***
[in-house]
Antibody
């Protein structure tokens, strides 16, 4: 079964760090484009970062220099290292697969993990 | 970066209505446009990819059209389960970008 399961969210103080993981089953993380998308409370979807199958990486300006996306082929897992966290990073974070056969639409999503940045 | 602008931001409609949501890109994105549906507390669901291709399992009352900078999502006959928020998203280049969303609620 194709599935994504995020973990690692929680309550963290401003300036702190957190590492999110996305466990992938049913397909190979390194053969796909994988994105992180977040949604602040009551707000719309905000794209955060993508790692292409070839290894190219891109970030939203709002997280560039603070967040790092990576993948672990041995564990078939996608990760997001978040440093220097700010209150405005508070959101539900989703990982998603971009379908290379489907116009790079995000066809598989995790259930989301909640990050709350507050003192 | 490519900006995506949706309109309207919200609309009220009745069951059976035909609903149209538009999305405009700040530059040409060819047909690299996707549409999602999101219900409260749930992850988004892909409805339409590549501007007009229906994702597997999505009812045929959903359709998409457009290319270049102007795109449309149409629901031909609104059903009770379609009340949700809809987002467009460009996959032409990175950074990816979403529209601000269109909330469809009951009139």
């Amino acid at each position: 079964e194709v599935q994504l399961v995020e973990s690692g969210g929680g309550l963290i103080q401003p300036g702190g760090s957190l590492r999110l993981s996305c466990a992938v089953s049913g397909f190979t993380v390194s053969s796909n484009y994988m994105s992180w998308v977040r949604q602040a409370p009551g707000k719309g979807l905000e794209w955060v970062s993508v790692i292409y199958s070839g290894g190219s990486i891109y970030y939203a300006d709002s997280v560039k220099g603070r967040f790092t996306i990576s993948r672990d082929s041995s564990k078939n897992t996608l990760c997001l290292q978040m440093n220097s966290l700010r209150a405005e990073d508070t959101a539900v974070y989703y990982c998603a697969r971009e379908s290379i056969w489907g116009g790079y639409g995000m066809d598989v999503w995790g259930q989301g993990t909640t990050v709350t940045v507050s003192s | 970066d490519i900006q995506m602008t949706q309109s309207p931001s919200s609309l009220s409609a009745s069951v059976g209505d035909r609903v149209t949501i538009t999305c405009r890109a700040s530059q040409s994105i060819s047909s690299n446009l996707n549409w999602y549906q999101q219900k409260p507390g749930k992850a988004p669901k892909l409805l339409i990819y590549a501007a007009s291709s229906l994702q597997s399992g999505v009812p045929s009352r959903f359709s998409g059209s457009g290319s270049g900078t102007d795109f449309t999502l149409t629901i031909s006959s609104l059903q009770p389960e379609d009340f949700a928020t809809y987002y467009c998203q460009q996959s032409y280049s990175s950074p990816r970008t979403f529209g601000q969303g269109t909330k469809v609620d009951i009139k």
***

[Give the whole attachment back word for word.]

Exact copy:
[in-house]
Antibody
């Protein structure tokens, strides 16, 4: 079964760090484009970062220099290292697969993990 | 970066209505446009990819059209389960970008 399961969210103080993981089953993380998308409370979807199958990486300006996306082929897992966290990073974070056969639409999503940045 | 602008931001409609949501890109994105549906507390669901291709399992009352900078999502006959928020998203280049969303609620 194709599935994504995020973990690692929680309550963290401003300036702190957190590492999110996305466990992938049913397909190979390194053969796909994988994105992180977040949604602040009551707000719309905000794209955060993508790692292409070839290894190219891109970030939203709002997280560039603070967040790092990576993948672990041995564990078939996608990760997001978040440093220097700010209150405005508070959101539900989703990982998603971009379908290379489907116009790079995000066809598989995790259930989301909640990050709350507050003192 | 490519900006995506949706309109309207919200609309009220009745069951059976035909609903149209538009999305405009700040530059040409060819047909690299996707549409999602999101219900409260749930992850988004892909409805339409590549501007007009229906994702597997999505009812045929959903359709998409457009290319270049102007795109449309149409629901031909609104059903009770379609009340949700809809987002467009460009996959032409990175950074990816979403529209601000269109909330469809009951009139």
């Amino acid at each position: 079964e194709v599935q994504l399961v995020e973990s690692g969210g929680g309550l963290i103080q401003p300036g702190g760090s957190l590492r999110l993981s996305c466990a992938v089953s049913g397909f190979t993380v390194s053969s796909n484009y994988m994105s992180w998308v977040r949604q602040a409370p009551g707000k719309g979807l905000e794209w955060v970062s993508v790692i292409y199958s070839g290894g190219s990486i891109y970030y939203a300006d709002s997280v560039k220099g603070r967040f790092t996306i990576s993948r672990d082929s041995s564990k078939n897992t996608l990760c997001l290292q978040m440093n220097s966290l700010r209150a405005e990073d508070t959101a539900v974070y989703y990982c998603a697969r971009e379908s290379i056969w489907g116009g790079y639409g995000m066809d598989v999503w995790g259930q989301g993990t909640t990050v709350t940045v507050s003192s | 970066d490519i900006q995506m602008t949706q309109s309207p931001s919200s609309l009220s409609a009745s069951v059976g209505d035909r609903v149209t949501i538009t999305c405009r890109a700040s530059q040409s994105i060819s047909s690299n446009l996707n549409w999602y549906q999101q219900k409260p507390g749930k992850a988004p669901k892909l409805l339409i990819y590549a501007a007009s291709s229906l994702q597997s399992g999505v009812p045929s009352r959903f359709s998409g059209s457009g290319s270049g900078t102007d795109f449309t999502l149409t629901i031909s006959s609104l059903q009770p389960e379609d009340f949700a928020t809809y987002y467009c998203q460009q996959s032409y280049s990175s950074p990816r970008t979403f529209g601000q969303g269109t909330k469809v609620d009951i009139k």